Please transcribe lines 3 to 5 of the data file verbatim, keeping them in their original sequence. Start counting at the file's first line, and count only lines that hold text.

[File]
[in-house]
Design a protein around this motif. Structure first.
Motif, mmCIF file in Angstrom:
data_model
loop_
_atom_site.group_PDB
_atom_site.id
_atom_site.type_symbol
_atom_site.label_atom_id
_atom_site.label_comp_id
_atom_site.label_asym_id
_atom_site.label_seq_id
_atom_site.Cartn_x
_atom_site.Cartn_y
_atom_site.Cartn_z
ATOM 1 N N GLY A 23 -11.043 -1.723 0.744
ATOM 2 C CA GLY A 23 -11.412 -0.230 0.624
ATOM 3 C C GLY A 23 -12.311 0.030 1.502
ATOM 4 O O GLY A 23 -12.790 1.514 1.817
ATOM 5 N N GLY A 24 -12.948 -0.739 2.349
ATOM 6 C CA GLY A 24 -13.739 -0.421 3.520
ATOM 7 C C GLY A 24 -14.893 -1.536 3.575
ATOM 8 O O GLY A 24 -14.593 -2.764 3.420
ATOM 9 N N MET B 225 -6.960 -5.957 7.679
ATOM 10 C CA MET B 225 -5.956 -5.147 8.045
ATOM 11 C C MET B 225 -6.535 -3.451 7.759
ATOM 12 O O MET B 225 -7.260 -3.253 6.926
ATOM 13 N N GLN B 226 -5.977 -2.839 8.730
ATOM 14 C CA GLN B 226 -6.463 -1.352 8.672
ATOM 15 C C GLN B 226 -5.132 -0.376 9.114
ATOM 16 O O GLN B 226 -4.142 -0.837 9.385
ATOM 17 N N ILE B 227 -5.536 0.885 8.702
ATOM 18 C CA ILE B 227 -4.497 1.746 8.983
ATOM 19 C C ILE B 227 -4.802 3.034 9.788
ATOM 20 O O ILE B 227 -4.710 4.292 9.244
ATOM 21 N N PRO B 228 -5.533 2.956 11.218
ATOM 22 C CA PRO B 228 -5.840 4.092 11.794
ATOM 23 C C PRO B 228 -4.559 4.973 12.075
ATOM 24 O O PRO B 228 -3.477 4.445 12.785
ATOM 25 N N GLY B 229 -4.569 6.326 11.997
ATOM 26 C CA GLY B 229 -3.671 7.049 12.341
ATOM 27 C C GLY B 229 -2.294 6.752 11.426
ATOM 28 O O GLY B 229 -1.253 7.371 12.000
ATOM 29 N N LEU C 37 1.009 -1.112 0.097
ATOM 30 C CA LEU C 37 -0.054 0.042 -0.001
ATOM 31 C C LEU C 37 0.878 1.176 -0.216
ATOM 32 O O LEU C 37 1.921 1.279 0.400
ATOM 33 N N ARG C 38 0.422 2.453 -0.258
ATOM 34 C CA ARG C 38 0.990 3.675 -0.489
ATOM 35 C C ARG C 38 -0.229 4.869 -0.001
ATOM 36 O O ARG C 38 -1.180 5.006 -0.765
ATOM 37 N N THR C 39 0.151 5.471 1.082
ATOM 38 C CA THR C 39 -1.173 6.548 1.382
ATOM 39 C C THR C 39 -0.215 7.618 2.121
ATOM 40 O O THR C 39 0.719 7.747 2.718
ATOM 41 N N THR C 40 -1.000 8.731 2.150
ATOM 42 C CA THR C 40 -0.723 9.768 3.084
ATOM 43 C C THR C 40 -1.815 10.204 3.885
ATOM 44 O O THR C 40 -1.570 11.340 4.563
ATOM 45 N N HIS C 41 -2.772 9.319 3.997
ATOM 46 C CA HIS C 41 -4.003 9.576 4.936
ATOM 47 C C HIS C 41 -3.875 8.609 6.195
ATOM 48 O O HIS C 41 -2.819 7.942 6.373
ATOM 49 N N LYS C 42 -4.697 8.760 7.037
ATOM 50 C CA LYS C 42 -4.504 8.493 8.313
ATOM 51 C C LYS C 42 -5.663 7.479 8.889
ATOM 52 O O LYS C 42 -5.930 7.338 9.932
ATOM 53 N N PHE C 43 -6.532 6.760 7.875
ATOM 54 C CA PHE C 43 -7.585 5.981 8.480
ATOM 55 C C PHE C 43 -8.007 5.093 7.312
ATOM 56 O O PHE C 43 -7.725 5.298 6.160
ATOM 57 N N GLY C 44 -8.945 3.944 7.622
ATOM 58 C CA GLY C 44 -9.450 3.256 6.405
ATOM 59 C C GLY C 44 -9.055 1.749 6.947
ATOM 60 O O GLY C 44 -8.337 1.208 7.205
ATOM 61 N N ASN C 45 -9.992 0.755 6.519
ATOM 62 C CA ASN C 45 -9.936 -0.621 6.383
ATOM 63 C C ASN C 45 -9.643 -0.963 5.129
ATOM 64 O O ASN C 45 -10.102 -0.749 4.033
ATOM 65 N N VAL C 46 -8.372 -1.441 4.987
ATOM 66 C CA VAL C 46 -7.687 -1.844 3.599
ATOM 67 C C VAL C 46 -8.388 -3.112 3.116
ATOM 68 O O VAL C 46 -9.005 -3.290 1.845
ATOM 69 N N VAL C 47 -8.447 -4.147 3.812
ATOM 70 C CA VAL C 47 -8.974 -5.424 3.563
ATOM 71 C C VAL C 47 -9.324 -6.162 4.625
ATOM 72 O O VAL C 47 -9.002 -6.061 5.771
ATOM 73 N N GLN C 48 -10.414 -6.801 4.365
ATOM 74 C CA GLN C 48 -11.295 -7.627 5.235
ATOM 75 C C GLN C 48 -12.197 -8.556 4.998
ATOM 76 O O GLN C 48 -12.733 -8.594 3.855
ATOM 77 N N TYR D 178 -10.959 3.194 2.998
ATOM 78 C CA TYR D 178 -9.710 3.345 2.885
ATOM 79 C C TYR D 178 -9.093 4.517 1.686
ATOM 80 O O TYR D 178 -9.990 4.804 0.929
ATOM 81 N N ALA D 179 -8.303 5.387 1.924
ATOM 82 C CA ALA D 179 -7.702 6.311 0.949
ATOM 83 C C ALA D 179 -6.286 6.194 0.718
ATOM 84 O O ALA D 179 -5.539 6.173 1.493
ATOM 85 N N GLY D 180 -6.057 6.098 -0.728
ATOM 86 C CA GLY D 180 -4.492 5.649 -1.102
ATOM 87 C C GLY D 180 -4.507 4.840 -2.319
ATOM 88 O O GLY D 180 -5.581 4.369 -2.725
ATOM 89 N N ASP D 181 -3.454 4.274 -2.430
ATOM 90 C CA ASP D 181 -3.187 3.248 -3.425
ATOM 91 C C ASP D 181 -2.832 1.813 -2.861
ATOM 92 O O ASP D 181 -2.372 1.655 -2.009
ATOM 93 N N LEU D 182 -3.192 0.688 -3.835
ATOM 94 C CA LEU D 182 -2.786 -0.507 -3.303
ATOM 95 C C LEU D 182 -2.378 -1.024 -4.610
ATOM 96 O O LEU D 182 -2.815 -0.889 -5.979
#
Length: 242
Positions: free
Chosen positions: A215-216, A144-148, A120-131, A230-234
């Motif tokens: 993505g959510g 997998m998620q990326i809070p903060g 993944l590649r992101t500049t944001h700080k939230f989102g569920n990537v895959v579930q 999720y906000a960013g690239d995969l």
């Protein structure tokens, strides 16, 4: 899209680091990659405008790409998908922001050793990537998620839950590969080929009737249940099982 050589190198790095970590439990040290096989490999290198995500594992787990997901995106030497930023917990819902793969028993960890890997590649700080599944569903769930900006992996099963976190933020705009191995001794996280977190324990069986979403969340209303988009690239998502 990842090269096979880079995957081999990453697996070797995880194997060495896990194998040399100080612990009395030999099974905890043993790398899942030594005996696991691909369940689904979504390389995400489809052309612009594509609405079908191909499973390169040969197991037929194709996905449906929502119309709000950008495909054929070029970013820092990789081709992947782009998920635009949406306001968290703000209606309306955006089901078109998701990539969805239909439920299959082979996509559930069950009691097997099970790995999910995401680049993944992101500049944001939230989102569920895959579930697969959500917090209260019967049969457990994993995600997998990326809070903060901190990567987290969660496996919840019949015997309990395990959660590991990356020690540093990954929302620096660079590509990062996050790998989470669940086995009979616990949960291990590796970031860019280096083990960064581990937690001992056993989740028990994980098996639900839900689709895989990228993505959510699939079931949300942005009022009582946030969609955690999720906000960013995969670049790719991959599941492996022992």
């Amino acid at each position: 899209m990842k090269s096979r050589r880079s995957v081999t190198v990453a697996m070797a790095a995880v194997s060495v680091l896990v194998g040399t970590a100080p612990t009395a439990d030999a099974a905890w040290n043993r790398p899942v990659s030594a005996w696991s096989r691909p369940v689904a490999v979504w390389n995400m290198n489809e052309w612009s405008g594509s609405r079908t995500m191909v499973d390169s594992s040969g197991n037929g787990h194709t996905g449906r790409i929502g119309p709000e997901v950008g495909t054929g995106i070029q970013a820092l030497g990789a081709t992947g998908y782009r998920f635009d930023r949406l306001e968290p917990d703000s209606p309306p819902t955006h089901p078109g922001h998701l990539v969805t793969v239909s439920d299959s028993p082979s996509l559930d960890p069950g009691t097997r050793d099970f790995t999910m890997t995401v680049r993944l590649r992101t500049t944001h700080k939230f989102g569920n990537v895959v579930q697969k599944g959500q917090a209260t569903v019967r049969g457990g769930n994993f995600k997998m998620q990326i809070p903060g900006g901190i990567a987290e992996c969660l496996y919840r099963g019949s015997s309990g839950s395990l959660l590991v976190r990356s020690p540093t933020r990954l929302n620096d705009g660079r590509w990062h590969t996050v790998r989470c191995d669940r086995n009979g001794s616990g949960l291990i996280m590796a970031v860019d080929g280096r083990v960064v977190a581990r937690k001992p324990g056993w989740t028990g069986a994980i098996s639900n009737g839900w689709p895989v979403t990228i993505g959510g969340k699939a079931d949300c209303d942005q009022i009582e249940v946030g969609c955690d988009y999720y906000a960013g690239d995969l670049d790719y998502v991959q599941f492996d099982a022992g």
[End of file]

Motif, mmCIF file in Angstrom:
data_model
loop_